Wow. This is truly a wonderful post. What a great deal of useful information. Thank you for going to all this trouble. I don’t know a lot of this stuff and I certainly need to get informed! Also, so lovely to see all those pics of pretty fish in one post! Hope your summer is fantastic and….how is your veggie lawn coming along?

  • mattwright July 7, 2009 at 5:46 pm

    Thanks for the comments guys – to answer a few questions:

    CC: thanks

    Ronald: Just start asking really, and just say “OK, I don’t know what that is, can you explain”.. that is what I did. You have found a great fishmonger when they are happy to answer and explain all your questions. They should be passionate about seafood, and want to talk about it..

    I remember one fishmonger I walked into in England – “is that Ahi? I said.. “no mate, its Tuna” said the fishmonger. I walked out.

    Diana: that pocket guide sure is useful

    L: thanks! I have updated my post with that info

    Nina: thanks!

    Giff: I am hoping, really hoping that this becomes a big deal this year. I love seafood, and want to try and help however I can to bring awareness to overfishing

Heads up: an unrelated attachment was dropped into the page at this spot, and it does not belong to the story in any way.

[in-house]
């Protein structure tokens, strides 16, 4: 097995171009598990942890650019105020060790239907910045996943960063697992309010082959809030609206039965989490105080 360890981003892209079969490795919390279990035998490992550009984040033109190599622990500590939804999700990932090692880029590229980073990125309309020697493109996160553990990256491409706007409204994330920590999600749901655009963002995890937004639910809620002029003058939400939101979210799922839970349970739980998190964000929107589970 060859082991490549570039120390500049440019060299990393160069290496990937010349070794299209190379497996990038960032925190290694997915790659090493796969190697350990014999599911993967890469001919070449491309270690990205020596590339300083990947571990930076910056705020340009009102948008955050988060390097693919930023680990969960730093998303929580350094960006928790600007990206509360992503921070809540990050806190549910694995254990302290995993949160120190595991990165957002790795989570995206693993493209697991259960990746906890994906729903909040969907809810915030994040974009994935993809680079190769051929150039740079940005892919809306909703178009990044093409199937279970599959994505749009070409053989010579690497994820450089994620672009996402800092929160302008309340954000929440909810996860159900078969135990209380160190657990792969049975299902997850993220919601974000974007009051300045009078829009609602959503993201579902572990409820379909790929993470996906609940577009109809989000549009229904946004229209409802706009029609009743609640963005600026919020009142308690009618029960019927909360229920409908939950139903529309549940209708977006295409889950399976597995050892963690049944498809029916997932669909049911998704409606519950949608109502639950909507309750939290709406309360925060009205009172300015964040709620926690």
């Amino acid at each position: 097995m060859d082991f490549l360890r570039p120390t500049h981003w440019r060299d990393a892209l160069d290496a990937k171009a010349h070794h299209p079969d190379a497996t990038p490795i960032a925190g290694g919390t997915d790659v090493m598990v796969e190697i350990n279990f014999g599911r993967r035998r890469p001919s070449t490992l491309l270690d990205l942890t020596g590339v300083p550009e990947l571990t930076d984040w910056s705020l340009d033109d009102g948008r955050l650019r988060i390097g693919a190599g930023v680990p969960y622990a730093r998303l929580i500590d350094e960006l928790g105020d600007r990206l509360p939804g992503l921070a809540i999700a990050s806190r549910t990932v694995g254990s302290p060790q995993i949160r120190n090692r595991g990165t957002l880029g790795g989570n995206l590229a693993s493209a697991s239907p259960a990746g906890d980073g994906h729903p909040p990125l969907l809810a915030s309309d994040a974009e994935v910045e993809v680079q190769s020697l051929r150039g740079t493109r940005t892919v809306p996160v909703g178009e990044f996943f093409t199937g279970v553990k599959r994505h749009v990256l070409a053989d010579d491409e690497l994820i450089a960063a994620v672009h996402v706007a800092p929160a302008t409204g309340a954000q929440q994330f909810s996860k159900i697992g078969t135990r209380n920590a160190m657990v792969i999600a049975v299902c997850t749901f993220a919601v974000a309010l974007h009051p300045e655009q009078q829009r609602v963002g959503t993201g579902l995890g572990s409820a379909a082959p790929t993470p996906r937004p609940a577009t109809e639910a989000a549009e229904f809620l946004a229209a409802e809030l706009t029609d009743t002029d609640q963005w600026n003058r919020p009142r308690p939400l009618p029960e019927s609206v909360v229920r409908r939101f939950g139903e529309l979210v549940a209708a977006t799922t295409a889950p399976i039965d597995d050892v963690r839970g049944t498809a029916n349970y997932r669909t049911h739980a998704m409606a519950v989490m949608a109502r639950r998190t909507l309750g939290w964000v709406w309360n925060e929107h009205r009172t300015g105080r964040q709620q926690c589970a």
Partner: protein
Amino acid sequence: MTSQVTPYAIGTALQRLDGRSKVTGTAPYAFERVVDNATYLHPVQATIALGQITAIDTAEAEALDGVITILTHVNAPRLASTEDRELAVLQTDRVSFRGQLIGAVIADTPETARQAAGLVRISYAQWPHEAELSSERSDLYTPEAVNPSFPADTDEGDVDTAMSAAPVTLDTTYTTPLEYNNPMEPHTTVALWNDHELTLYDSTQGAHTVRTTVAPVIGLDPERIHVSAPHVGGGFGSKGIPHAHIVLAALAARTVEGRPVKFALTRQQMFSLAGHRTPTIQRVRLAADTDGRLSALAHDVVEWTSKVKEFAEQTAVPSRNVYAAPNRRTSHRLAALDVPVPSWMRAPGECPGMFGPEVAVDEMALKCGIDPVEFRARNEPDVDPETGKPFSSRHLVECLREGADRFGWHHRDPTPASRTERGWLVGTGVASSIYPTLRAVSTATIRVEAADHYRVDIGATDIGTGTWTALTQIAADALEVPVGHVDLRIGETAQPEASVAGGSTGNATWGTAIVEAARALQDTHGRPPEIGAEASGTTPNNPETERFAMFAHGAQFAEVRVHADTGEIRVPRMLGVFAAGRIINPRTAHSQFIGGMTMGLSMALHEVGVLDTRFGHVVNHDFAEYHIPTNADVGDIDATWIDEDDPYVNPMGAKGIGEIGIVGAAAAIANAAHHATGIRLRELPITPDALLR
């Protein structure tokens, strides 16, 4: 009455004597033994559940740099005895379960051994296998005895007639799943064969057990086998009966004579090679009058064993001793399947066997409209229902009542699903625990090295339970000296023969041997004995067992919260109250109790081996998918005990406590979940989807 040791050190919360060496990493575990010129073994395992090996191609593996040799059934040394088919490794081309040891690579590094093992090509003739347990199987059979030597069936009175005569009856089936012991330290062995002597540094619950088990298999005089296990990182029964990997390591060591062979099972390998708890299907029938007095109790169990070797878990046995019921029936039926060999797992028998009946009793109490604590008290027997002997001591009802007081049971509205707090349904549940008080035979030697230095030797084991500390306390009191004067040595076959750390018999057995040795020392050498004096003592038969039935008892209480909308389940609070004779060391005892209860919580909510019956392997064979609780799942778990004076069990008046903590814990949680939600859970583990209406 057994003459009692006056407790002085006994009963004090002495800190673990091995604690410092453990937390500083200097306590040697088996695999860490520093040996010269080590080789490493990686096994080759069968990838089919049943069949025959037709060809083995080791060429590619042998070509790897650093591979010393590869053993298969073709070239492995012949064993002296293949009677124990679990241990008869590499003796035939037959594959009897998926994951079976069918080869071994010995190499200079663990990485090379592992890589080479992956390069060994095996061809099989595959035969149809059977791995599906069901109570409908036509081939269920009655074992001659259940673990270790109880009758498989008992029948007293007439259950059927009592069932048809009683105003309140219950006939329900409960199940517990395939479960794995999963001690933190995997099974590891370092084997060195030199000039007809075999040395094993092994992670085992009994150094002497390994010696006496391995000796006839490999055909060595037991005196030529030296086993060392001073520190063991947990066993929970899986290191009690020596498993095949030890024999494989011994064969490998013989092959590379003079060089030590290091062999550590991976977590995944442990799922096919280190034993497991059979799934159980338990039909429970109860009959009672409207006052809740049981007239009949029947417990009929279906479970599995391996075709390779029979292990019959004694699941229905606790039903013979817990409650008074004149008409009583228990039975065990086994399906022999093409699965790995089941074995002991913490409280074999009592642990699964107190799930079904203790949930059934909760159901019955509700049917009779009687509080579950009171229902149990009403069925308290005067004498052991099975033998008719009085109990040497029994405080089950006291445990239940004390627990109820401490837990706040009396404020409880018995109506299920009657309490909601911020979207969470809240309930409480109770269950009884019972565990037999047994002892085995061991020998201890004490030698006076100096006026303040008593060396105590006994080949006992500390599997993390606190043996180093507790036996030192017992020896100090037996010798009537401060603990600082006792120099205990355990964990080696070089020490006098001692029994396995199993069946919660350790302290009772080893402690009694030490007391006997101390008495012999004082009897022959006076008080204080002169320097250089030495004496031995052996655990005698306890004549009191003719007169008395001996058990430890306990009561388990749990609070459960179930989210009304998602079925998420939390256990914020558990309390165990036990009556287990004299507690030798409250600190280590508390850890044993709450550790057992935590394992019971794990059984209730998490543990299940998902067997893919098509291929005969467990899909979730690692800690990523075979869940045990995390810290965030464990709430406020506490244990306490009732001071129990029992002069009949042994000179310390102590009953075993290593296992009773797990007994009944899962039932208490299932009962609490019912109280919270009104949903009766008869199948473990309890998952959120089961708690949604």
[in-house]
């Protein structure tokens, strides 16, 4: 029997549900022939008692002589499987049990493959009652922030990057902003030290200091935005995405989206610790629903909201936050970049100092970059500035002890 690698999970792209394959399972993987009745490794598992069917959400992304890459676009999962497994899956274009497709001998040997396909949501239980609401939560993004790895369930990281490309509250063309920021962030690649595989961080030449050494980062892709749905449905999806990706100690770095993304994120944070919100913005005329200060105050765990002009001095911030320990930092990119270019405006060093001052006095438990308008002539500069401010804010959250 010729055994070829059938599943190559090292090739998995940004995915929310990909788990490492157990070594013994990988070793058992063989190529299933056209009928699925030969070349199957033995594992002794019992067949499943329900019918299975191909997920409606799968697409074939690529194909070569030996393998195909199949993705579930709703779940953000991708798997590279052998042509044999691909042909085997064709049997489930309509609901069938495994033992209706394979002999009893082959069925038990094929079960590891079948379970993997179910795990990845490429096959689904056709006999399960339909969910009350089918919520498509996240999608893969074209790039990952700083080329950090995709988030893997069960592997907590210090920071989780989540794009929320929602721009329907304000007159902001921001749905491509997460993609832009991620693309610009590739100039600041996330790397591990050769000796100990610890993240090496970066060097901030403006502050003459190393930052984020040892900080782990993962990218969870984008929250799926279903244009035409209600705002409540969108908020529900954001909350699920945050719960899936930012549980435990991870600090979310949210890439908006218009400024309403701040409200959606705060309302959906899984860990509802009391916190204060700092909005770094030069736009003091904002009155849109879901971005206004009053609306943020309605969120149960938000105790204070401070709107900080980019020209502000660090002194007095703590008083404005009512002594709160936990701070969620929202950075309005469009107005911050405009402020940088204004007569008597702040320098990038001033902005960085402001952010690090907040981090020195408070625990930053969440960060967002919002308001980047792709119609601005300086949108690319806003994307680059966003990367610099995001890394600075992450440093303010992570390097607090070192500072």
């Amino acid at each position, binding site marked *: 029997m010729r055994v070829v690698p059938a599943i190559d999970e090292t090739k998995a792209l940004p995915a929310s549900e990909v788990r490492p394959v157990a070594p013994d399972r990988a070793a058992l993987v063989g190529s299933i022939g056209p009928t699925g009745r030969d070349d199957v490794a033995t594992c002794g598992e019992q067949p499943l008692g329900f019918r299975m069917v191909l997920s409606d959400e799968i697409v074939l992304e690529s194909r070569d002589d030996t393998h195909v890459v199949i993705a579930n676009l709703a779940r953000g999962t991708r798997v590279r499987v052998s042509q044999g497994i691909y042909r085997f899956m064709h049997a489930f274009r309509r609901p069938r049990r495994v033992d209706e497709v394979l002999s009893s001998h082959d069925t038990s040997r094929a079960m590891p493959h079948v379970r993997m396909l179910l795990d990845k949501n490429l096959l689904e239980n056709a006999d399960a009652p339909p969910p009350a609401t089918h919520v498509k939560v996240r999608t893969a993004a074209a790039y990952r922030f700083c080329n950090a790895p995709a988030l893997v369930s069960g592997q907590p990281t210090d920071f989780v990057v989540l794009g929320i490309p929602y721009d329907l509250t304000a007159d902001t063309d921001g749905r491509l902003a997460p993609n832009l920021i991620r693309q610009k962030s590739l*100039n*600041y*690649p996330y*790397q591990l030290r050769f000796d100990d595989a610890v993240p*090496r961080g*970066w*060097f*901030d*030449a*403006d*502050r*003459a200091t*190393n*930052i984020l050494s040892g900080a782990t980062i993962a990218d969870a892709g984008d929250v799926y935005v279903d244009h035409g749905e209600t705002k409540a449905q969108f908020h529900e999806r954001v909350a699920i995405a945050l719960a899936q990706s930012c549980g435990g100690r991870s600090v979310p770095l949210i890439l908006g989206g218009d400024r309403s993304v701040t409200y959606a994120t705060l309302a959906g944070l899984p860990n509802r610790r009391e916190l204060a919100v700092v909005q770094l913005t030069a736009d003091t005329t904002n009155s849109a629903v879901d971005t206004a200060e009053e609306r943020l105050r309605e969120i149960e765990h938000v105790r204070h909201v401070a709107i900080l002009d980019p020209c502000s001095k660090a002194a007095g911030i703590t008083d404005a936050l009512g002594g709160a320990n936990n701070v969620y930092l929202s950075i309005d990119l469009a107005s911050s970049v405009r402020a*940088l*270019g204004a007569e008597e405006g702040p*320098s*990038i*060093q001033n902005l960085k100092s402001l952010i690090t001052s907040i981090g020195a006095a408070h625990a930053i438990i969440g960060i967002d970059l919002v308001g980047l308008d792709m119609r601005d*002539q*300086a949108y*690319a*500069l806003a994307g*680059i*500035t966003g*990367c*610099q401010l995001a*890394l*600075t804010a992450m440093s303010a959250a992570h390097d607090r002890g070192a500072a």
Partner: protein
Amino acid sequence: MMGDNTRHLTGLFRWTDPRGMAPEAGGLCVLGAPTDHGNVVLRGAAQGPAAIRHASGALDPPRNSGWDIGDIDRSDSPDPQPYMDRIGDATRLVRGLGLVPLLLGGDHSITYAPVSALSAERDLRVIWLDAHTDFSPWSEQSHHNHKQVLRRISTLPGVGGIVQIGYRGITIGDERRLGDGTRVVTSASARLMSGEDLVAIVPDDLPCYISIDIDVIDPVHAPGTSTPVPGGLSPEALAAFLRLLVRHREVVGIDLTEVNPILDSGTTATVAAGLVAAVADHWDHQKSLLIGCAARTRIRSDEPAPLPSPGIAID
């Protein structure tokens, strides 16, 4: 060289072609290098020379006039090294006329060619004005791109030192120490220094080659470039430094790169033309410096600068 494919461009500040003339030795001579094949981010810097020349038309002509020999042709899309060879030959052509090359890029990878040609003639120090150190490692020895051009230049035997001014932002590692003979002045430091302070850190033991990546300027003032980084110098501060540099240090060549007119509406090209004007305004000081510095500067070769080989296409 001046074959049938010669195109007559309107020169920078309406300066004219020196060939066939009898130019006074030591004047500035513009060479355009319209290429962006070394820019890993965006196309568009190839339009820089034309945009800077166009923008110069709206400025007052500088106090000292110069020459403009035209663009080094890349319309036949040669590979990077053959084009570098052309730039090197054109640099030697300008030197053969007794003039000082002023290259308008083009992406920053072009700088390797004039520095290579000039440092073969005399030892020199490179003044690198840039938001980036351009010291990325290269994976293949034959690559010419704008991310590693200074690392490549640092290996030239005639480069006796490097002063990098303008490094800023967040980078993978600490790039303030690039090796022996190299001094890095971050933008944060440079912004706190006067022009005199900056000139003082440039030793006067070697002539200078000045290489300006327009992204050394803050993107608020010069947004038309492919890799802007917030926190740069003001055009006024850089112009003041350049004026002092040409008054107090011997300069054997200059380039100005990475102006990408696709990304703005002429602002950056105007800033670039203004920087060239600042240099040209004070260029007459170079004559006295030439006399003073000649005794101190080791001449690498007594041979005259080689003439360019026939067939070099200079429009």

Red: Veggie garden is just amazing! Stocked full of great stuff at the moment!

  • Marta July 8, 2009 at 8:27 pm

    Thanks Matt for this great post! We are all responsible and should be accountable for our food choices, especially when they affect biodiversity. I like all your tips, especially substituting True Cob for halibut, wouldn’t have thought of that myself!

  • White On Rice Couple July 9, 2009 at 4:45 am

    God almighty, this is the post to bookmark. As always, an informative and insightful source of information and food inspiration! Keep up the great work Matt—-Sir God of Seafood!

  • Mel @ July 9, 2009 at 8:19 am

    Seafood is my staple source of protein and so being conscientious about sustainability is also very important to me. Fortunately, it’s easier where we live on the West Coast but much love for continuing to the word.

    Gorgeous photos and recipes but serve it to me simply fresh and raw and I’m a happy girl.